Heavy pollution, smog and toxic foam choke Indian capital of Delhi

·Associate Editor

For the Indian capital of Delhi, it's that smoggy time of the year again.

Air pollution levels have soared and thick, heavy, grey smog has enveloped the entire city once again. 

Indian authorities were forced to close schools indefinitely on Wednesday, after reports of a sharp increase in the number of children with breathing problems.

The city's air quality index has fallen into the "very poor" category, prompting the Indian Supreme Court to call for a city-wide lockdown and a halt to all non-essential travel by road.

The New Delhi government officials said they're "open to the idea" of instituting a lockdown but they believe it will have "limited impact" unless neighbouring states join in.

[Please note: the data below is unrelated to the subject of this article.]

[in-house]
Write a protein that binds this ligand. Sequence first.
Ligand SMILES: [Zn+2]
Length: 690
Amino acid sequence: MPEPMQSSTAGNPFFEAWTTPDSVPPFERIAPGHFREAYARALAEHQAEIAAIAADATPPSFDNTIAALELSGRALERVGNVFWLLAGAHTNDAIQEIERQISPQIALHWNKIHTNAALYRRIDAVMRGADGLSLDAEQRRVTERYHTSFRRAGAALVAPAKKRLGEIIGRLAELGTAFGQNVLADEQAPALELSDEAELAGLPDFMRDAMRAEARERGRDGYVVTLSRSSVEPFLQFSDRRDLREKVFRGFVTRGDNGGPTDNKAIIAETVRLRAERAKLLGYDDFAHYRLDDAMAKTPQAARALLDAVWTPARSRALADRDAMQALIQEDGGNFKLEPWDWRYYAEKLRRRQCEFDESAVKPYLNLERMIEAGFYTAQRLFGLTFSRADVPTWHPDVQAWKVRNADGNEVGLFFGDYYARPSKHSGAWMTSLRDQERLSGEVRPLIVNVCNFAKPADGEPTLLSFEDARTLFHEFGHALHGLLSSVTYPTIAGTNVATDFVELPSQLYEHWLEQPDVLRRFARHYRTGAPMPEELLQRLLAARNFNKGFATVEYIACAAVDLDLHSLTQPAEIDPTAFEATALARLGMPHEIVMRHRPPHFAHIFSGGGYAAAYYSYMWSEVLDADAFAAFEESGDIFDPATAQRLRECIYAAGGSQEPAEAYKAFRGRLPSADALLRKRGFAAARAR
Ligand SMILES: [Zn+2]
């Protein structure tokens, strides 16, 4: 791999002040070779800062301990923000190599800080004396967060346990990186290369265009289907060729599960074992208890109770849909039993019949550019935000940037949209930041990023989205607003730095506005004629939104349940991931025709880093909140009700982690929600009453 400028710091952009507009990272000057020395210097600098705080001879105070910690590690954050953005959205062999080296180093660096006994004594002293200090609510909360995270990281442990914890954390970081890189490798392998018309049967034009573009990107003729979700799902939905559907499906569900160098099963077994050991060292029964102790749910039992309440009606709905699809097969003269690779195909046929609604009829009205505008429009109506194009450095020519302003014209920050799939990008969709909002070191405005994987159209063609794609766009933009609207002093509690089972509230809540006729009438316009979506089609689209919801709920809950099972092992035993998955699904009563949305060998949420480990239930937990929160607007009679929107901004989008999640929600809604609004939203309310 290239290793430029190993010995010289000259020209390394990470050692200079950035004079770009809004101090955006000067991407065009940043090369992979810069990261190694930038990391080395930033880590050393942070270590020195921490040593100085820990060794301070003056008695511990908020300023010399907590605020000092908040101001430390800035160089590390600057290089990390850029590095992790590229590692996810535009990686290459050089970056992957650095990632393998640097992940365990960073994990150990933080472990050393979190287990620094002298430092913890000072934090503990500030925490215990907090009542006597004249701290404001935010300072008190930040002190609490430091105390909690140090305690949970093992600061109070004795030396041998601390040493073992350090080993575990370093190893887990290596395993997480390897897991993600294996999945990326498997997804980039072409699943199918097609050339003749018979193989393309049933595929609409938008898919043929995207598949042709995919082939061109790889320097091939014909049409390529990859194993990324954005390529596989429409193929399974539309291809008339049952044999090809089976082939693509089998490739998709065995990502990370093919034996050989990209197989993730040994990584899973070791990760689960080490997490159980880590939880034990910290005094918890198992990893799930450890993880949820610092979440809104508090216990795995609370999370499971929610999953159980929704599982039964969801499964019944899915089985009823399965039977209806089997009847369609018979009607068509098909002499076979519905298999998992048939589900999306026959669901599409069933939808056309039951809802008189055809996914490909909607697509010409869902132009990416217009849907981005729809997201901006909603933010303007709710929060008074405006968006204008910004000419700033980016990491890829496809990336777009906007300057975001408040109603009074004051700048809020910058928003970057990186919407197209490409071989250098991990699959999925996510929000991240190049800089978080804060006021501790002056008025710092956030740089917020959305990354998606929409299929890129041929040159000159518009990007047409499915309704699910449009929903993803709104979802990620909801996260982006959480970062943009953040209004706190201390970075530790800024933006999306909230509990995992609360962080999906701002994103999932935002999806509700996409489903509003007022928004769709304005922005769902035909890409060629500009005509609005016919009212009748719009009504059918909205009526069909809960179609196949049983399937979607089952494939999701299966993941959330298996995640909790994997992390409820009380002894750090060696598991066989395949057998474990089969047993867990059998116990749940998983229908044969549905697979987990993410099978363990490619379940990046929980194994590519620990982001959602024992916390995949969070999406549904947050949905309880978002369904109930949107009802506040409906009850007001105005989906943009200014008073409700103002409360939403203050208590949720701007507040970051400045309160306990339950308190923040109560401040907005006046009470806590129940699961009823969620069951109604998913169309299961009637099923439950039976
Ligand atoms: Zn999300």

Delhi is grappling with pollution levels 20 times higher than the levels deemed healthy by the World Health Organization, The Guardian reports.

Delhi residents are reporting respiratory difficulties, problems with vision, nausea and lethargy from breathing in the toxic air. Hospitals have also confirmed that there's an increase in admissions related to cardiac and respiratory issues.

To make matters worse, toxic chemicals from industries and factories have heavily polluted India's sacred Yamuna River. A stretch of the river has been blanketed in thick white snow-like foam.

Despite signficant health risks, devotees immersed themselves in the river to take a holy dip and pray during the Hindu festival of Chhath Puja.

“Delhi is full of pollution but still people’s lives are going on. Like that, we will also do our prayers,” Rajendra Mahto, a devotee who was celebrating the festival in the river told the Associated Press.

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